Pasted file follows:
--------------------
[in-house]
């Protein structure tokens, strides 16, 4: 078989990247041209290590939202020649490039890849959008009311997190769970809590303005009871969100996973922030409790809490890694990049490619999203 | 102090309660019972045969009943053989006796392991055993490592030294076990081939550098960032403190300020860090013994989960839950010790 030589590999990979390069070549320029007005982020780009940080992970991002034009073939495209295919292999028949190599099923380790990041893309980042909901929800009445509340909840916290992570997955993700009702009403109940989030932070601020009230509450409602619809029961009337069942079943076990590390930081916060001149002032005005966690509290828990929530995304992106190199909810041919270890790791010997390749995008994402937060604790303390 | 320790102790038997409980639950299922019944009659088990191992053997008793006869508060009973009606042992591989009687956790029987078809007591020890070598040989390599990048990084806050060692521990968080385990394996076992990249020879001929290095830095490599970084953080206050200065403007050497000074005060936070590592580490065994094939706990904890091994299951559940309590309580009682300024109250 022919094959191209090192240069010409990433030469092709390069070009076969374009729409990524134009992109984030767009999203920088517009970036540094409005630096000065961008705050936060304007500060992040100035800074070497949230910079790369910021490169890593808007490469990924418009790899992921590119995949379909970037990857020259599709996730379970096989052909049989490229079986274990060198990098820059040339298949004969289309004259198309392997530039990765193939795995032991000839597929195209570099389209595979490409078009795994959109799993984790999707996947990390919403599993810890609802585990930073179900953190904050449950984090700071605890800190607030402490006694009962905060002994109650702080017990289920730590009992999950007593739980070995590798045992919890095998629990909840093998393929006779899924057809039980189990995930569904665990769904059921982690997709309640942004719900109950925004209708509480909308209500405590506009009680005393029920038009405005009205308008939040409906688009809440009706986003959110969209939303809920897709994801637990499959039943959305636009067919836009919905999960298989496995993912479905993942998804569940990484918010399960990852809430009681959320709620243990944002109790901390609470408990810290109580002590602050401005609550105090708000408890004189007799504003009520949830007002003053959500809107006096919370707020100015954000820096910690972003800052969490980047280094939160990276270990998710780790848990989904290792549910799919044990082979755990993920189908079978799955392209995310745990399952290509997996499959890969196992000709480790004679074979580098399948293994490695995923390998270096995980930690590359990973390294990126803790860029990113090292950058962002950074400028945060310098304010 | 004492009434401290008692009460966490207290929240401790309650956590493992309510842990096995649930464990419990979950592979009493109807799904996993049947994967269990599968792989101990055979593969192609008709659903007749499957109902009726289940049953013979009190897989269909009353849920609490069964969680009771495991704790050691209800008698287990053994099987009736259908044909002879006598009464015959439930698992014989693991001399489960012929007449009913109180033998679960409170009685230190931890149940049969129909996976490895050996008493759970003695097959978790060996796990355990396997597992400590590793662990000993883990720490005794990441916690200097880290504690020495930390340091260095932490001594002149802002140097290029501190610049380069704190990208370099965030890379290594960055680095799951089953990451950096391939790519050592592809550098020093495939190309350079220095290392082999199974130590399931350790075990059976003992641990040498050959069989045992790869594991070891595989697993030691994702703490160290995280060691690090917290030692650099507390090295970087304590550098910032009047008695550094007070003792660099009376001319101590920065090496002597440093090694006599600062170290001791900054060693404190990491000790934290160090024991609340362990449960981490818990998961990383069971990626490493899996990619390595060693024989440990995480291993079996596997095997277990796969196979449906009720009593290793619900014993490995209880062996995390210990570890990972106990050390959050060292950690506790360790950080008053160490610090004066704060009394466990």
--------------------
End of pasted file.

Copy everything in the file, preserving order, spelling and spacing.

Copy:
[in-house]
């Protein structure tokens, strides 16, 4: 078989990247041209290590939202020649490039890849959008009311997190769970809590303005009871969100996973922030409790809490890694990049490619999203 | 102090309660019972045969009943053989006796392991055993490592030294076990081939550098960032403190300020860090013994989960839950010790 030589590999990979390069070549320029007005982020780009940080992970991002034009073939495209295919292999028949190599099923380790990041893309980042909901929800009445509340909840916290992570997955993700009702009403109940989030932070601020009230509450409602619809029961009337069942079943076990590390930081916060001149002032005005966690509290828990929530995304992106190199909810041919270890790791010997390749995008994402937060604790303390 | 320790102790038997409980639950299922019944009659088990191992053997008793006869508060009973009606042992591989009687956790029987078809007591020890070598040989390599990048990084806050060692521990968080385990394996076992990249020879001929290095830095490599970084953080206050200065403007050497000074005060936070590592580490065994094939706990904890091994299951559940309590309580009682300024109250 022919094959191209090192240069010409990433030469092709390069070009076969374009729409990524134009992109984030767009999203920088517009970036540094409005630096000065961008705050936060304007500060992040100035800074070497949230910079790369910021490169890593808007490469990924418009790899992921590119995949379909970037990857020259599709996730379970096989052909049989490229079986274990060198990098820059040339298949004969289309004259198309392997530039990765193939795995032991000839597929195209570099389209595979490409078009795994959109799993984790999707996947990390919403599993810890609802585990930073179900953190904050449950984090700071605890800190607030402490006694009962905060002994109650702080017990289920730590009992999950007593739980070995590798045992919890095998629990909840093998393929006779899924057809039980189990995930569904665990769904059921982690997709309640942004719900109950925004209708509480909308209500405590506009009680005393029920038009405005009205308008939040409906688009809440009706986003959110969209939303809920897709994801637990499959039943959305636009067919836009919905999960298989496995993912479905993942998804569940990484918010399960990852809430009681959320709620243990944002109790901390609470408990810290109580002590602050401005609550105090708000408890004189007799504003009520949830007002003053959500809107006096919370707020100015954000820096910690972003800052969490980047280094939160990276270990998710780790848990989904290792549910799919044990082979755990993920189908079978799955392209995310745990399952290509997996499959890969196992000709480790004679074979580098399948293994490695995923390998270096995980930690590359990973390294990126803790860029990113090292950058962002950074400028945060310098304010 | 004492009434401290008692009460966490207290929240401790309650956590493992309510842990096995649930464990419990979950592979009493109807799904996993049947994967269990599968792989101990055979593969192609008709659903007749499957109902009726289940049953013979009190897989269909009353849920609490069964969680009771495991704790050691209800008698287990053994099987009736259908044909002879006598009464015959439930698992014989693991001399489960012929007449009913109180033998679960409170009685230190931890149940049969129909996976490895050996008493759970003695097959978790060996796990355990396997597992400590590793662990000993883990720490005794990441916690200097880290504690020495930390340091260095932490001594002149802002140097290029501190610049380069704190990208370099965030890379290594960055680095799951089953990451950096391939790519050592592809550098020093495939190309350079220095290392082999199974130590399931350790075990059976003992641990040498050959069989045992790869594991070891595989697993030691994702703490160290995280060691690090917290030692650099507390090295970087304590550098910032009047008695550094007070003792660099009376001319101590920065090496002597440093090694006599600062170290001791900054060693404190990491000790934290160090024991609340362990449960981490818990998961990383069971990626490493899996990619390595060693024989440990995480291993079996596997095997277990796969196979449906009720009593290793619900014993490995209880062996995390210990570890990972106990050390959050060292950690506790360790950080008053160490610090004066704060009394466990």